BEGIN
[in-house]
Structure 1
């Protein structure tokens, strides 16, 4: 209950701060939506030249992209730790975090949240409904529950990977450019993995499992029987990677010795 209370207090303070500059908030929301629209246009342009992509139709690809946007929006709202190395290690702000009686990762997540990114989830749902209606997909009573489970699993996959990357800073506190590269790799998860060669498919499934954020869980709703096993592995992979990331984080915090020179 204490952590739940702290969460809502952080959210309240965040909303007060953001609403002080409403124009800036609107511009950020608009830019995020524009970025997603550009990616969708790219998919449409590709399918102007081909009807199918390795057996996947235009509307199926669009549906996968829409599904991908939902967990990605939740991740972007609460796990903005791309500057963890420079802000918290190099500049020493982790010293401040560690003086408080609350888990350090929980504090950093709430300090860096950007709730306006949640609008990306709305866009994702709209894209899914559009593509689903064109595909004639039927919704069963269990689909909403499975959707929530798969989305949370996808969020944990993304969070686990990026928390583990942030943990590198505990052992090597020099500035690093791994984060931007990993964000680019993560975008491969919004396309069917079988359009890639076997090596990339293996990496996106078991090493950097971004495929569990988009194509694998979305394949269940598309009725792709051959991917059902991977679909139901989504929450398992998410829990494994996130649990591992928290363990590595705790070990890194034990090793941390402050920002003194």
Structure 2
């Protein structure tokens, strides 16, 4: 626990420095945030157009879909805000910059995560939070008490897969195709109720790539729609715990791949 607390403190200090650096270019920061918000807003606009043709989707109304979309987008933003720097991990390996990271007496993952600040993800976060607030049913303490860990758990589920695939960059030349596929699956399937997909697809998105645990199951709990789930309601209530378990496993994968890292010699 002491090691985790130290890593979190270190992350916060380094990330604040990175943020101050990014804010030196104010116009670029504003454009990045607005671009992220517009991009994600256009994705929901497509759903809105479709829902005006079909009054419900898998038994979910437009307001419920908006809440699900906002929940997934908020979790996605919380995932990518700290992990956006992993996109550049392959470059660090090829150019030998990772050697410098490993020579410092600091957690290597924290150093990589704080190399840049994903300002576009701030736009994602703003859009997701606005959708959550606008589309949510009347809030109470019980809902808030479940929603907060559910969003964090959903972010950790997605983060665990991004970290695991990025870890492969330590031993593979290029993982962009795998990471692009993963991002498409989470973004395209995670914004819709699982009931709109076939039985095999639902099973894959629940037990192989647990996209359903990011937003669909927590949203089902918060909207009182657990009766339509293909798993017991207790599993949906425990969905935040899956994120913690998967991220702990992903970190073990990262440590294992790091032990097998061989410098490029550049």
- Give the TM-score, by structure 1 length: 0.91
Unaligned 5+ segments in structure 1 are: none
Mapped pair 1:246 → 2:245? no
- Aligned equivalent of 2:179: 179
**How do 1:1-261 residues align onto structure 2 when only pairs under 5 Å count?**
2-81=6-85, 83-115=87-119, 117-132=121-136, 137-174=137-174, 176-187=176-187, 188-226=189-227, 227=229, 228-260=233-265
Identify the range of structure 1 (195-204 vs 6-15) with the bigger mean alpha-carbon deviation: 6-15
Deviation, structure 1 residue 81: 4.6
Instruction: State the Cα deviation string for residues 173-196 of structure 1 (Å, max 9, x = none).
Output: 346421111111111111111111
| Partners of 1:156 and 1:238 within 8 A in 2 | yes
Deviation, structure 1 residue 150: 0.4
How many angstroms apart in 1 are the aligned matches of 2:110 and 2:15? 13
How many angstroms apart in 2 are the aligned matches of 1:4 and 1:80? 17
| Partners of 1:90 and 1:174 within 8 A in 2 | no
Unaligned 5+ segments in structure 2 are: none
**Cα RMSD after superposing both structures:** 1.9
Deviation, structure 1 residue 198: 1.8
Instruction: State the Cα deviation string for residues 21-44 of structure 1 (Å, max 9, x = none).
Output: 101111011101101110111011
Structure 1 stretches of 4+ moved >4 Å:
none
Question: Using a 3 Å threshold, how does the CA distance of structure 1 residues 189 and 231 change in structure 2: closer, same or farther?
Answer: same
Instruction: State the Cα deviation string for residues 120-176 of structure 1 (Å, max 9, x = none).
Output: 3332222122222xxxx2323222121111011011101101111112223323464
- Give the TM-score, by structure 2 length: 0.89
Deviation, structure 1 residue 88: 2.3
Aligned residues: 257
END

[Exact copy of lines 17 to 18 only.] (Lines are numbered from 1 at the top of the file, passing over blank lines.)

Deviation, structure 1 residue 150: 0.4
How many angstroms apart in 1 are the aligned matches of 2:110 and 2:15? 13